Miller described a lack of clarity in the decision-making process and asked who would be responsible for urgent library repair costs if the project does not move forward. She also suggested that more complete communication of the process to the public is needed.
Building Committee Eliminates Sawtooth Roofs And Real Slate To Further Reduce Renovation Costs
At the September 8 meeting of the Jones Library Building Committee (JLBC), members reviewed a list of cost-cutting changes to the building project design that had been recommended by the Design Subcommittee. These “value management” changes included measures such as concrete sidewalks instead of stone and granite pavers for a savings of $575,000 and using acoustic ceiling tiles in lieu of compound wood ceiling for a savings of $300,000.
Trustee Alex Lefebvre proposed two new cost reductions that had previously been considered not plausible. Using synthetic slate on the renovated building’s roof had been ruled out because it would not meet historic preservation requirements, but Lefebvre reported that the Amherst Historical Commission had allowed synthetic slate on the roof of the historic Boltwood Inn, and she suggested that it be used on the Jones Library as well. Owners Project Manager (OPM) Craig DiCarlo said that if synthetic slate were as inexpensive as metal, a savings of $320,000 might be realized.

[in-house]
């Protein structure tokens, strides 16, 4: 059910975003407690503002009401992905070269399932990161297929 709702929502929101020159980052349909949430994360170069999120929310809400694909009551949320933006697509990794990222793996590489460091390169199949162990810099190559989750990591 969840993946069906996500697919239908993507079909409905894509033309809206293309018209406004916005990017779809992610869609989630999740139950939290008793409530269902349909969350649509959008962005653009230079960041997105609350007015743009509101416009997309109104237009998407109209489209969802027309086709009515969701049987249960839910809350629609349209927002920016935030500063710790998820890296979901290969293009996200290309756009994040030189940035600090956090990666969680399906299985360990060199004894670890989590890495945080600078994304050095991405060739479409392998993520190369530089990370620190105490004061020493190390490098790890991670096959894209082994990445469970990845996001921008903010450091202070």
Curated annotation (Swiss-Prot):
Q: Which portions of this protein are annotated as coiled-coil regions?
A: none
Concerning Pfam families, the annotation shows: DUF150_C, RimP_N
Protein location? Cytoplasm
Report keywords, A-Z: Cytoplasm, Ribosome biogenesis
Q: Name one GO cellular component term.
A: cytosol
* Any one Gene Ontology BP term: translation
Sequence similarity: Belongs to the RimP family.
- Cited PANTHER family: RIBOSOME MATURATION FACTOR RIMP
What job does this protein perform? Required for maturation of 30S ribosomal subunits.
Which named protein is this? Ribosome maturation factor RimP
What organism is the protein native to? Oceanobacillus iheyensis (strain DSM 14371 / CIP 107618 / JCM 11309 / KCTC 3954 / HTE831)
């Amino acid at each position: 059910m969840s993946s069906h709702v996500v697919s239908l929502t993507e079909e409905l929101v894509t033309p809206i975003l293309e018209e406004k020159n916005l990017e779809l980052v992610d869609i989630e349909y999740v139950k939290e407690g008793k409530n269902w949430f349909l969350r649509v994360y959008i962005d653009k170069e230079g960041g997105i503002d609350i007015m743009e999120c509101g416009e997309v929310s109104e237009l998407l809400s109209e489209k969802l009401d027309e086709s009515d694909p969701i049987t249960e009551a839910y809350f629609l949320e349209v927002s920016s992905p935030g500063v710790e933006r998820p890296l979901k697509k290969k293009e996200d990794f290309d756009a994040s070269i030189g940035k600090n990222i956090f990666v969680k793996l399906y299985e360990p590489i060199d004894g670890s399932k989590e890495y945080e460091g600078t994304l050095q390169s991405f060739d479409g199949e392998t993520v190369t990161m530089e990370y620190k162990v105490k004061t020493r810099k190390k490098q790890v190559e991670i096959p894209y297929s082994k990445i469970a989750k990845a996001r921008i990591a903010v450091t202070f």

Lefebvre also spoke with the Library’s Sustainability Committee and learned that seven sawtooth roof skylights, proposed by the designer to allow the mounting of solar panels and to let in natural light, were not essential from a sustainability standpoint. Replacing the sawtooth structures with flat roof would save an estimated $495,000. Library Director Sharon Sharry commented, “the architects will be a little disappointed because of the aesthetic difference, but it’s five hundred thousand dollars so I think it’s something we should do.”